"The Attorney-General states that it is necessary, in the due and proper administration of the law, that he shall be permitted to employ special counsel to assist the district attorney in cases (requiring special skill) which district attorneys or lawyers do not generally possess, and in cases of (un) usual importance to the Government, and that such counsel be permitted to possess all of the power and authority, in that particular case, granted to the district attorney, which, of course, includes his right to appear before a grand jury either with the district attorney or alone.
"There can be no doubt of the advisability of permitting the Attorney-General to employ special counsel in special cases, and there can be no question that if he has been employed because of his special fitness for such a special case that the Government should have the full advantage of his learning and skill in every step necessary to be taken before the trial, including that of appearing before grand juries. The law proposed by the bill under consideration seems to be very necessary, because of the decision in the Rosenthal case, hereinbefore referred to, and the committee recommend its speedy enactment." (Emphasis supplied.)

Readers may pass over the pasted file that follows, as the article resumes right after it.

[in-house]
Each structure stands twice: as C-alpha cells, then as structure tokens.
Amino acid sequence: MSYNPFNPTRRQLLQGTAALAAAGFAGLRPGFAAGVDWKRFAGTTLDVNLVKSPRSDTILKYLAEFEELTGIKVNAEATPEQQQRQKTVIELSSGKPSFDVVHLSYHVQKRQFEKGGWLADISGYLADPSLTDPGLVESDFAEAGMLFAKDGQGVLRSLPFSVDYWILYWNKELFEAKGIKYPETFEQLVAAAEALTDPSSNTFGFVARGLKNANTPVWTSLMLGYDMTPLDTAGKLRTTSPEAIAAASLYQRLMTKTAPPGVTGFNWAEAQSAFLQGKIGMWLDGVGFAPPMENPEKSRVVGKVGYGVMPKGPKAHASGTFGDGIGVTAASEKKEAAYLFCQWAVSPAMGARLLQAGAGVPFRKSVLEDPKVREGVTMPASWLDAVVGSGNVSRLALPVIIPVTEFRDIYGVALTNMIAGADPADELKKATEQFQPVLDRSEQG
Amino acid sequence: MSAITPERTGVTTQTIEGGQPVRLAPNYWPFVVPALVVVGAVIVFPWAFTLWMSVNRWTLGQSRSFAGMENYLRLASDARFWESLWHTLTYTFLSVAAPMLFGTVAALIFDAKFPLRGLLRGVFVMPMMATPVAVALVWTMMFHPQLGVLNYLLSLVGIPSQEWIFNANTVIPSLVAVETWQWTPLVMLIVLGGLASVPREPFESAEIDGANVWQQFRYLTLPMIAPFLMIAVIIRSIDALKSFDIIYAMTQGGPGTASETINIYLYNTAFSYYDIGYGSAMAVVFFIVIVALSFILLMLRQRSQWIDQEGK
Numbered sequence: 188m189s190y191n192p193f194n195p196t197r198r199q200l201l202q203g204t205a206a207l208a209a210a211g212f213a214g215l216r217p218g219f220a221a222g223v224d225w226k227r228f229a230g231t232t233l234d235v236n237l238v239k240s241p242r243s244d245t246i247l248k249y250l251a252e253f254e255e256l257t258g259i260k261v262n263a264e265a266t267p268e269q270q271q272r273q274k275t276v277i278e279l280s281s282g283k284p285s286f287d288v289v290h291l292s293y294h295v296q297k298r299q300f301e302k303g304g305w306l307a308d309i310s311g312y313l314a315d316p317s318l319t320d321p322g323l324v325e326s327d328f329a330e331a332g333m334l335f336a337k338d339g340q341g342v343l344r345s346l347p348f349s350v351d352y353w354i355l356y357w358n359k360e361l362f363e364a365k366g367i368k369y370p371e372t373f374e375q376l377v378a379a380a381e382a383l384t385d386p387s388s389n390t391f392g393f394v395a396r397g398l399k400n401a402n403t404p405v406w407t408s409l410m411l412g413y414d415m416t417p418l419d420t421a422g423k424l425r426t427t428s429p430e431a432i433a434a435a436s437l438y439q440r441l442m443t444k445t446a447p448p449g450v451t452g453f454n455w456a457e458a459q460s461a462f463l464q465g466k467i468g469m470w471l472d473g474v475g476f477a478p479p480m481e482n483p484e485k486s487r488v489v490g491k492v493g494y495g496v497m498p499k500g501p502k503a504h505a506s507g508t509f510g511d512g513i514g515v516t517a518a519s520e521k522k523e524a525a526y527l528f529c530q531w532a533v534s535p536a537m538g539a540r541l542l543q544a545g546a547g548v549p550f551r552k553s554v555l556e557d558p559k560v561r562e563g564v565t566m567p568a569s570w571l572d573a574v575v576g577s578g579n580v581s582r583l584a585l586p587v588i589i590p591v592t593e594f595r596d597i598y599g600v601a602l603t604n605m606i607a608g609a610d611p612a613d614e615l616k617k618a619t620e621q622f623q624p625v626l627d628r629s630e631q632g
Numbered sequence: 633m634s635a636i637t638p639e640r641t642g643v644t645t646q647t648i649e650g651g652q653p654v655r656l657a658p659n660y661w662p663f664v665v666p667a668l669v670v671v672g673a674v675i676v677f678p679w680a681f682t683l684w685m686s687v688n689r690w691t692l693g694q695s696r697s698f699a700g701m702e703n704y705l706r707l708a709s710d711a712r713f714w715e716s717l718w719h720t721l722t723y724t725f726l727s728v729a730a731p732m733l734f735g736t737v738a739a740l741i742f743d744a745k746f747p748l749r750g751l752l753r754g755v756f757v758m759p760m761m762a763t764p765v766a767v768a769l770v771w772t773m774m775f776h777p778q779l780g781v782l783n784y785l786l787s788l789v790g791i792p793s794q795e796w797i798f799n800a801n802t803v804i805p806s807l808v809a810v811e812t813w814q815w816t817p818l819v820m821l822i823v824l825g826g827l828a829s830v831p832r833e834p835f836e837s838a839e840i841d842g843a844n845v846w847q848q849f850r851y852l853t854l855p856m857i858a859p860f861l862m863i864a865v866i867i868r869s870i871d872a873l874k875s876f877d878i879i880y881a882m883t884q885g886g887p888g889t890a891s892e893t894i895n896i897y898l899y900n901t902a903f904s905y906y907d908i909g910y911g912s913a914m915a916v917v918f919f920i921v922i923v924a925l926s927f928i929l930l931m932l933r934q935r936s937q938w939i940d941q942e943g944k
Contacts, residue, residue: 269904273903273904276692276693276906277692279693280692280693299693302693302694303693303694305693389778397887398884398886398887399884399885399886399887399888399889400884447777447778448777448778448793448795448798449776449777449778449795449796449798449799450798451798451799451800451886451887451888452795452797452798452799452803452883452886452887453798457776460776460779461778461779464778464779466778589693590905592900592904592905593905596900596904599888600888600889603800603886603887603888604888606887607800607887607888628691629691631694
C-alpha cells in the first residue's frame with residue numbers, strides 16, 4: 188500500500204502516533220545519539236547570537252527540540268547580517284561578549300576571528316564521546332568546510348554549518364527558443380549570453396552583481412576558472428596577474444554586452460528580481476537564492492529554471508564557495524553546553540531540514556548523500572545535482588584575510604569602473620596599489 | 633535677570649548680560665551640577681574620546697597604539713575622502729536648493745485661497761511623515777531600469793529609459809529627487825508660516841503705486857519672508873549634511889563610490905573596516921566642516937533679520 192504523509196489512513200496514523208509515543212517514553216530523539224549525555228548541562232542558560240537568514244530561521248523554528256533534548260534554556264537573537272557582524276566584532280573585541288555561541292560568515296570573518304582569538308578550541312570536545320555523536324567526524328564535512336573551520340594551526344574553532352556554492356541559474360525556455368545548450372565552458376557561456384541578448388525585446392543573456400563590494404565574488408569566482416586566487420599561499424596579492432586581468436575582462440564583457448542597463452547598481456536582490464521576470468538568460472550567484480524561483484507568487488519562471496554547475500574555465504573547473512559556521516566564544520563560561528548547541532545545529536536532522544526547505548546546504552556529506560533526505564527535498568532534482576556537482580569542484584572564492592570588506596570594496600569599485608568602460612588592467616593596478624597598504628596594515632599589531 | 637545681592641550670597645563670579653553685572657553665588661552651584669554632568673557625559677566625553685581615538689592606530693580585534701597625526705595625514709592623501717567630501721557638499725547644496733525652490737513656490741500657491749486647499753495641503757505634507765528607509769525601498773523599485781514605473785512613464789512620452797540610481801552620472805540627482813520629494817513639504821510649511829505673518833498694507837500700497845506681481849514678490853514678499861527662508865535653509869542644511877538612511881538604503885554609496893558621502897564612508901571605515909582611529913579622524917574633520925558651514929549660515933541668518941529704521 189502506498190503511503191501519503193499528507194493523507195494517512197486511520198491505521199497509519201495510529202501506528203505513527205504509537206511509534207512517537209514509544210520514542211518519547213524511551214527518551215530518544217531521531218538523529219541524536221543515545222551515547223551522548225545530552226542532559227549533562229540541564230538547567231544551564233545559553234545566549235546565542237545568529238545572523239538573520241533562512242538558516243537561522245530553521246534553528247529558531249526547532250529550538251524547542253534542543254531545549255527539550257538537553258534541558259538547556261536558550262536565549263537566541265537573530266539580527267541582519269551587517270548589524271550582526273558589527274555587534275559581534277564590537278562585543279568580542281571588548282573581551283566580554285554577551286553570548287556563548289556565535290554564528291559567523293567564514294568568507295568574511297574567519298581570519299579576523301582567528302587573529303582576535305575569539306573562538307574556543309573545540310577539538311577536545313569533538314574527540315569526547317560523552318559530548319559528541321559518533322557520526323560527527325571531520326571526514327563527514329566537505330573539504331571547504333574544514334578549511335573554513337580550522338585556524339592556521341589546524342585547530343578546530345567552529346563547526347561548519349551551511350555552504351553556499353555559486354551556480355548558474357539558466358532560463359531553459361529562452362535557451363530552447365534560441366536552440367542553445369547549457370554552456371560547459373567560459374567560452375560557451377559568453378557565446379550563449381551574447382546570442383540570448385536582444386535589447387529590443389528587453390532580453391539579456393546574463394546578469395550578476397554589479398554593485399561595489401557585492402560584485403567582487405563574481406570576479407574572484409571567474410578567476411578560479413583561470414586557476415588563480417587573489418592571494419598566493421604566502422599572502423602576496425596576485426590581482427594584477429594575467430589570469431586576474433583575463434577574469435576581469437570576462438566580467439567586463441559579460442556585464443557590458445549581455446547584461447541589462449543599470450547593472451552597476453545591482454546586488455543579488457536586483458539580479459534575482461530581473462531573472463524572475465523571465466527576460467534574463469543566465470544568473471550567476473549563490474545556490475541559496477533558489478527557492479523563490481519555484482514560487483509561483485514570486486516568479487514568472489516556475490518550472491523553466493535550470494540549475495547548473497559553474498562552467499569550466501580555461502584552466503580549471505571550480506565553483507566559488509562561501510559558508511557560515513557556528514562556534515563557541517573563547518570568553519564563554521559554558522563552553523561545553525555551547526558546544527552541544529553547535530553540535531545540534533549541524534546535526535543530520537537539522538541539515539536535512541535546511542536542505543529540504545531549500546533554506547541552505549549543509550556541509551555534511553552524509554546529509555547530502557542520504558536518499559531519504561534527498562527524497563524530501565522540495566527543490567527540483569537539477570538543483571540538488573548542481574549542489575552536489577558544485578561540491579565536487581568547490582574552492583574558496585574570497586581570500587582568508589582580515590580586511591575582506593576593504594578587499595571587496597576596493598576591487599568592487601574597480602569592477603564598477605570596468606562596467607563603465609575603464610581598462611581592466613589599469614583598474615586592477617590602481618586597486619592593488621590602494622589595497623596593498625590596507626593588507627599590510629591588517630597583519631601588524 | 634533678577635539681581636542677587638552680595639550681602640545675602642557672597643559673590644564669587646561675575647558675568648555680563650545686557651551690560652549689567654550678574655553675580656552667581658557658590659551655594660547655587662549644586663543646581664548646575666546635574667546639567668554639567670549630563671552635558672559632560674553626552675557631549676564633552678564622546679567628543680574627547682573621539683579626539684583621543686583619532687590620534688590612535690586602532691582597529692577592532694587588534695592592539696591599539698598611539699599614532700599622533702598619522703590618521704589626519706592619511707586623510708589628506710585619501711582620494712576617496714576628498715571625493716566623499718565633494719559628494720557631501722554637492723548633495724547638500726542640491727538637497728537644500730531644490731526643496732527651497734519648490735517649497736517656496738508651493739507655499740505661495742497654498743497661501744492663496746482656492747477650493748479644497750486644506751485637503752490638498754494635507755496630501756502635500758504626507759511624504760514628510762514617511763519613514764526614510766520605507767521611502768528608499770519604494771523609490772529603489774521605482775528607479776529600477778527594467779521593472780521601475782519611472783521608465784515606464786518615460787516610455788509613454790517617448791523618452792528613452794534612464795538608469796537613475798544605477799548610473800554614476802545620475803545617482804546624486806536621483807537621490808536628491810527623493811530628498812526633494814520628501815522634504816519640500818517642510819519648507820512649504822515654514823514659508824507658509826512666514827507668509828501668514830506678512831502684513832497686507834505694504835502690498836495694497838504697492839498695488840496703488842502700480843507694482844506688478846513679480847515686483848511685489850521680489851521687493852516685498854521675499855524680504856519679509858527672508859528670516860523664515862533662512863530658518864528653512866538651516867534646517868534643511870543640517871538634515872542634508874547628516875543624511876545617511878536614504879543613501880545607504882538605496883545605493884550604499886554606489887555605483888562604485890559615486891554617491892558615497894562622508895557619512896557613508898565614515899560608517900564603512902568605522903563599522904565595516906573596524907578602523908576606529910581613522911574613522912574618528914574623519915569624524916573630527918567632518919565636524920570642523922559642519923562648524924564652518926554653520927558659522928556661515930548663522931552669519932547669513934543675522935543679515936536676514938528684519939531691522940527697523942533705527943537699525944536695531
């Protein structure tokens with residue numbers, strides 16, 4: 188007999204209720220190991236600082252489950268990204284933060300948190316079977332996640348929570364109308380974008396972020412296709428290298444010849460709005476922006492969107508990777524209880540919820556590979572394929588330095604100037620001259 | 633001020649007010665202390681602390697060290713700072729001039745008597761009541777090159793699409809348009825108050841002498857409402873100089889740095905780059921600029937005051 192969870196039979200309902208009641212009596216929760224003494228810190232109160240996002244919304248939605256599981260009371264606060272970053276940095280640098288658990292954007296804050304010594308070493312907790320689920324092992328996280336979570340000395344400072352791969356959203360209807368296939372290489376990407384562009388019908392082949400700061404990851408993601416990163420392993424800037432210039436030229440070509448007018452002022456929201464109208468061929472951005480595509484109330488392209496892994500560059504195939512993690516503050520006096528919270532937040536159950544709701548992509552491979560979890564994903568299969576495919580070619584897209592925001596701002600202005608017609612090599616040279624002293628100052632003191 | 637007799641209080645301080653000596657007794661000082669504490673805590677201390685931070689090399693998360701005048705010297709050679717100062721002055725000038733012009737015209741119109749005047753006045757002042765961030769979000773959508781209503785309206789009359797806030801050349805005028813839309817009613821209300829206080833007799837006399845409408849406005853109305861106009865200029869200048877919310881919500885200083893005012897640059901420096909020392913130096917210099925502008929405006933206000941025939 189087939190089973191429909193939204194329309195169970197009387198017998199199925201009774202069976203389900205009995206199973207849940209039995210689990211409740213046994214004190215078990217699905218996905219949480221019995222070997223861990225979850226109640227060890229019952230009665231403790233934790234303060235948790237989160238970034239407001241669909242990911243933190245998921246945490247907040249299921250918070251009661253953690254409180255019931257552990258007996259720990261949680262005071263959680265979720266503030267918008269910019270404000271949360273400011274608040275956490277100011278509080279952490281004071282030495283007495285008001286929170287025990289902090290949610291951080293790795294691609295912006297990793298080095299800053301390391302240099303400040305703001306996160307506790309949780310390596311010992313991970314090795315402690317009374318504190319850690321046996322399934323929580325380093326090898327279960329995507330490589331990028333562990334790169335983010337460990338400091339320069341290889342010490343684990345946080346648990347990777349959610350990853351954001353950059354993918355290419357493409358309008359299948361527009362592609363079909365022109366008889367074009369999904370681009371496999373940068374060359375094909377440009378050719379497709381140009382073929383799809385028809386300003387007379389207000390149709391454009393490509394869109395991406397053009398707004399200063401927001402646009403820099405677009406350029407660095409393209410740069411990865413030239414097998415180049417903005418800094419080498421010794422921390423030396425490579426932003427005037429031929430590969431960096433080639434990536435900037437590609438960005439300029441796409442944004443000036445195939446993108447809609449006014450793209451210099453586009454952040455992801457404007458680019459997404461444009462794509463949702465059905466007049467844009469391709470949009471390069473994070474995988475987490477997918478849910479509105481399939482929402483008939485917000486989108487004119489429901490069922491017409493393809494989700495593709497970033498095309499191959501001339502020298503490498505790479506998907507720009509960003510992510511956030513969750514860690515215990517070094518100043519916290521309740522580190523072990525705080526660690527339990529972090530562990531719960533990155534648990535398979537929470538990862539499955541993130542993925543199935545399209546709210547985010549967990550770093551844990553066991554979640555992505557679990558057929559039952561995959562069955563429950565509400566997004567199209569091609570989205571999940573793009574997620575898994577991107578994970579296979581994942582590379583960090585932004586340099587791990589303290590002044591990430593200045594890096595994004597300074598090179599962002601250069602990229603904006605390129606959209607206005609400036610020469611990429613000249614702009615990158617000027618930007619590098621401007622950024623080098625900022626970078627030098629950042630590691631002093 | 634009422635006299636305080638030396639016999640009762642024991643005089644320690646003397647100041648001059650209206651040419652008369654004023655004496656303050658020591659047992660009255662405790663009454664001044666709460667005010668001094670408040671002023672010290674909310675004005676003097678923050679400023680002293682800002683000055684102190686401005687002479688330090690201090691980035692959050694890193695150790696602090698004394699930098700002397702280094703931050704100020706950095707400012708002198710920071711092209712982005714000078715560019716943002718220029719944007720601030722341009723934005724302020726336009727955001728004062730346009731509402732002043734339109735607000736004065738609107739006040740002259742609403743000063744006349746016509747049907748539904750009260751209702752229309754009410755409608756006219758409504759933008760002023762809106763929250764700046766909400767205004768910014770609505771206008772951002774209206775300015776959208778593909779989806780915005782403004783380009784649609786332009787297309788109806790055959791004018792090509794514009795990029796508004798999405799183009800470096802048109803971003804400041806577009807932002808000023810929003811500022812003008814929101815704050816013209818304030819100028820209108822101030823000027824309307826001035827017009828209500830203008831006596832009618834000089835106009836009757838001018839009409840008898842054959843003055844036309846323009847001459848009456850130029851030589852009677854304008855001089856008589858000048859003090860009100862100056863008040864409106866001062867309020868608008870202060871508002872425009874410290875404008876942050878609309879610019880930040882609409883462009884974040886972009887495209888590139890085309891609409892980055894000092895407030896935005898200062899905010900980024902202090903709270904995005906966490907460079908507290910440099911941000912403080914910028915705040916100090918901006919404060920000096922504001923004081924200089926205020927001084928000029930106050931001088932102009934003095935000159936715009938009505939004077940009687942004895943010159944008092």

House Judiciary Comm., Report on H.R. 17714, H.R.Rep. No. 2901, 59th Cong., 1st Sess. (1906).
The Senate version of what is now § 515(a) did not contain the House language that the special attorney be "specifically directed by the Attorney General" (See 40 Cong.Rec. 7913-14 (1906)), and the accompanying Senate Judiciary Committee Report made no mention of a requirement that a special attorney's commission be specifically drawn. Senate Judiciary Comm., Report on S. 2969, Sen.Rep. No. 3835, 59th Cong., 1st Sess. (1906). The Senate, however, acceded to the House version of the bill. See 40 Cong.Rec. 9662 (1906) (Remarks of Senator Kean).